“The principle is stated in 3 Wigmore on Evidence 511, section 952(2), as follows: ‘When to a witness is imputed hostility to the opponent, the true process of explanation consists in showing that the facts offered do not really indicate the conclusion suggested, i.e., the hostility. Thus, when the counter-evidence does not attempt to do this, but admits the hostility and desires to show that it was justifiable by the opponent's conduct, the offer is improper in two ways, first, because it does not at all explain away, but concedes that hostility exists, and, secondly, because it tends to prejudice unfairly the cause of the opponent by showing him to be an unjust man. For these reasons such evidence may be excluded․’ ” (Zemavasky, supra, 20 Cal.2d at p. 64.)
Witkin agrees, stating that, where a witness is impeached by evidence of his or her hostility toward a party, the witness can be rehabilitated only by evidence that there really is no hostility: “[T]he rehabilitation must be confined to contradiction, i.e., the only permissible countershowing in rehabilitation is that no such prejudice or hostility exists. If the witness actually admits the prejudice, it is wholly improper to permit him or her to recite instances of purported misconduct of the party by way of justification.” (3 Witkin, Cal. Evidence (4th ed. 2000) Presentation at Trial, § 361, p. 448.)
We conclude the trial court had discretion to allow the rehabilitation on redirect. It was the defense—the proponent of the impeachment and the opponent of the rehabilitation—that first asked Pumphrey, during cross-examination, why she had animosity, eliciting the response that it had to do with the denial of her unemployment claim. As a result, the jury was effectively invited to conclude that Pumphrey was a mere disgruntled former employee, fired for cause and angry because that meant she could not collect unemployment. We do not think the court was required to allow one side to exploit the rule of Zemavasky by using a portion of the evidence forbidden by Zemavasky to damage a witness while preventing the other side from using the rest of that evidence to rehabilitate the witness.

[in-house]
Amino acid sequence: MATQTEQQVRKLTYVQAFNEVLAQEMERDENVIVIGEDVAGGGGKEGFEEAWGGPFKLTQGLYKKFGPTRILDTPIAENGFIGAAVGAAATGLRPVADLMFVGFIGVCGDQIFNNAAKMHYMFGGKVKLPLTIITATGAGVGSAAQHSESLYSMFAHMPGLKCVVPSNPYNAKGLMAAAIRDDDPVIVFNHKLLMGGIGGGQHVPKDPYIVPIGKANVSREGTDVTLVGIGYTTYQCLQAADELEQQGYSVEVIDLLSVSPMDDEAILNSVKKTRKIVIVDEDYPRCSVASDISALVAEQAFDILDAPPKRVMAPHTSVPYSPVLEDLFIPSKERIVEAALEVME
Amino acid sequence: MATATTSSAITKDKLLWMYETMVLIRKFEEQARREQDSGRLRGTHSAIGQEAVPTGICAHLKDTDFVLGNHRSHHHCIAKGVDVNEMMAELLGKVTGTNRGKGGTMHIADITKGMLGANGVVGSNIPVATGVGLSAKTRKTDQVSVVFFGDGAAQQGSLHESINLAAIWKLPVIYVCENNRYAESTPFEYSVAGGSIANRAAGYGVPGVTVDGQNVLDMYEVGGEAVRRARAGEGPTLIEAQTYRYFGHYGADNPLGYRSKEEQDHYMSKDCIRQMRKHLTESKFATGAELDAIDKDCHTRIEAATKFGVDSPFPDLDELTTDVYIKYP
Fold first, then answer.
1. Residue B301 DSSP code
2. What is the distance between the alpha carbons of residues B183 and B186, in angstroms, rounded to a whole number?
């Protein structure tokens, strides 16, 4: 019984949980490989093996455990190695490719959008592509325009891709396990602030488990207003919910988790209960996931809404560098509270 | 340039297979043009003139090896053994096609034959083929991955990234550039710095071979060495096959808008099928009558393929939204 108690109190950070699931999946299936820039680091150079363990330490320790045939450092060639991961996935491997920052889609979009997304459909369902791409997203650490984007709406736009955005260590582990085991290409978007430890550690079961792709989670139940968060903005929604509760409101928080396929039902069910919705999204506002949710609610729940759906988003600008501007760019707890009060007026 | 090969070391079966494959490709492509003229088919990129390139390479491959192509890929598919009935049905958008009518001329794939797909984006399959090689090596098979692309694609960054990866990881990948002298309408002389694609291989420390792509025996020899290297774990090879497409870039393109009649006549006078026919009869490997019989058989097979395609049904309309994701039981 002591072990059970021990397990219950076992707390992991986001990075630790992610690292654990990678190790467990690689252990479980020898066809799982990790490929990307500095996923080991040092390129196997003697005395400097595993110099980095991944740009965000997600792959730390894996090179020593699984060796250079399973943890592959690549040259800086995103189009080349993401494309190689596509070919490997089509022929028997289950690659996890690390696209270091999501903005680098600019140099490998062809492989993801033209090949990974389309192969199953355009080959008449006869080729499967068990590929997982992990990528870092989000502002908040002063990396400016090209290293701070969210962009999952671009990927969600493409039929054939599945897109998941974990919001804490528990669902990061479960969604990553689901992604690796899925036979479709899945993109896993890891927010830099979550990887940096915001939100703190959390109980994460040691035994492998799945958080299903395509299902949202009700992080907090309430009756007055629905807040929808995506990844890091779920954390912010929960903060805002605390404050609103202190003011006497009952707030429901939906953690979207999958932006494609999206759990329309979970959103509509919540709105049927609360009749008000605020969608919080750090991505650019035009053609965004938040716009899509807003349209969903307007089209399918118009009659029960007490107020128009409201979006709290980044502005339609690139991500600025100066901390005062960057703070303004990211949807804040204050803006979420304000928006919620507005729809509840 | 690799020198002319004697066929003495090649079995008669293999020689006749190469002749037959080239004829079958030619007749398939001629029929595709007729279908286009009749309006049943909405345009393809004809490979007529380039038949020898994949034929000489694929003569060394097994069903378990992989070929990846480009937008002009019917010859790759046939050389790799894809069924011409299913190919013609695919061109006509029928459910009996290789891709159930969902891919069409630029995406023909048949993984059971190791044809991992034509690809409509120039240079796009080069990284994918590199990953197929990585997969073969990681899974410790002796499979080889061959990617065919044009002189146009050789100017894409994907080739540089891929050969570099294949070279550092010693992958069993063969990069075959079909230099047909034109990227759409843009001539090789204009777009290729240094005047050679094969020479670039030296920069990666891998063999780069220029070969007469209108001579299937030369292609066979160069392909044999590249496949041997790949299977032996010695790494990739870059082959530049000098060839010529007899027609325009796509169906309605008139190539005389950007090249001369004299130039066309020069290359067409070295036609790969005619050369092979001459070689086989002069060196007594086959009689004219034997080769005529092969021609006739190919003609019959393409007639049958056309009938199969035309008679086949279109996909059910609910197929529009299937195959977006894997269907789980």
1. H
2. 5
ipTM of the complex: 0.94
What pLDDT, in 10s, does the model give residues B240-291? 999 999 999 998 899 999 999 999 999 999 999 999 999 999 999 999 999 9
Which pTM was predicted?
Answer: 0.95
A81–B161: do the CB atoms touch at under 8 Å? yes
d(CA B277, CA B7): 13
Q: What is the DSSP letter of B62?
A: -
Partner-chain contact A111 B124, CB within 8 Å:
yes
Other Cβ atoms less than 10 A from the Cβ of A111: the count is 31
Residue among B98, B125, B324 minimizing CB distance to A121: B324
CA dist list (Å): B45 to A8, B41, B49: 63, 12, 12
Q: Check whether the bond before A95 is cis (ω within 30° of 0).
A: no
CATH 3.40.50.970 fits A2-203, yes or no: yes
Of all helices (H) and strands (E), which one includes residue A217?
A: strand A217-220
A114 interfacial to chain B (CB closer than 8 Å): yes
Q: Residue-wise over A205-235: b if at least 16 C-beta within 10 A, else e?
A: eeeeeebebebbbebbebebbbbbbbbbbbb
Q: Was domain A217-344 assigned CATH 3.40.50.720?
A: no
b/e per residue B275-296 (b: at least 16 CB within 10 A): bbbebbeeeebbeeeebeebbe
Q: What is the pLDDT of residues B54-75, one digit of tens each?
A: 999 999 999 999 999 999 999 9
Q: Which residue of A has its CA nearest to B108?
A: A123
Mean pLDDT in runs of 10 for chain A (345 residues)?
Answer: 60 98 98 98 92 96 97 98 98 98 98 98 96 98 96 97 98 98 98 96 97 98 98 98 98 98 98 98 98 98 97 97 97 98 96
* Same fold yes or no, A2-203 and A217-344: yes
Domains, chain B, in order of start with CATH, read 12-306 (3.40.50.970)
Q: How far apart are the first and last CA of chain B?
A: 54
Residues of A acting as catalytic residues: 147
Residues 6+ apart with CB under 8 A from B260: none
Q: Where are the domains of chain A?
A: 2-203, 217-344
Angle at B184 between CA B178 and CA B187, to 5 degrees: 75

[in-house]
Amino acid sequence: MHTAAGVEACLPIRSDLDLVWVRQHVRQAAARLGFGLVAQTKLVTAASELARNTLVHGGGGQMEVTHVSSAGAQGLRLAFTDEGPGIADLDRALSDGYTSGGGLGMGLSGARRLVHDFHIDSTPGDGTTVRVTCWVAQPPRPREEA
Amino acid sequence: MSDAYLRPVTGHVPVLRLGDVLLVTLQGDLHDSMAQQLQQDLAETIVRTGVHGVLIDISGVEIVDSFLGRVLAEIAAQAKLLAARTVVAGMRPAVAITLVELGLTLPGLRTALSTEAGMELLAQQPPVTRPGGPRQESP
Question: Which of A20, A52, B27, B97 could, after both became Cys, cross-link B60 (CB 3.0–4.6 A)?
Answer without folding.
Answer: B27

Our view, therefore, is that the court had discretion to admit the questioning on redirect under the general principles of Evidence Code sections 785 and 780, subdivision (f), which state that evidence relevant to a witness's credibility is relevant and admissible. A witness who admits hostility to a party is properly impeached by that admission, but evidence that the witness has a good reason for her hostility has a “tendency in reason” (Evid.Code, § 780) to support the witness's credibility. A person who feels hostility toward a party for no good reason is, rightly, less likely to be seen as credible than a person who feels justified hostility. Normally, the rule of Zemavasky would prevent the admission of this evidence despite its relevance. The rule, however, does not prevent its admission for rehabilitation where the impeaching party has already deliberately elicited a damaging portion of it. The court must have discretion to employ a suitable cure when this happens.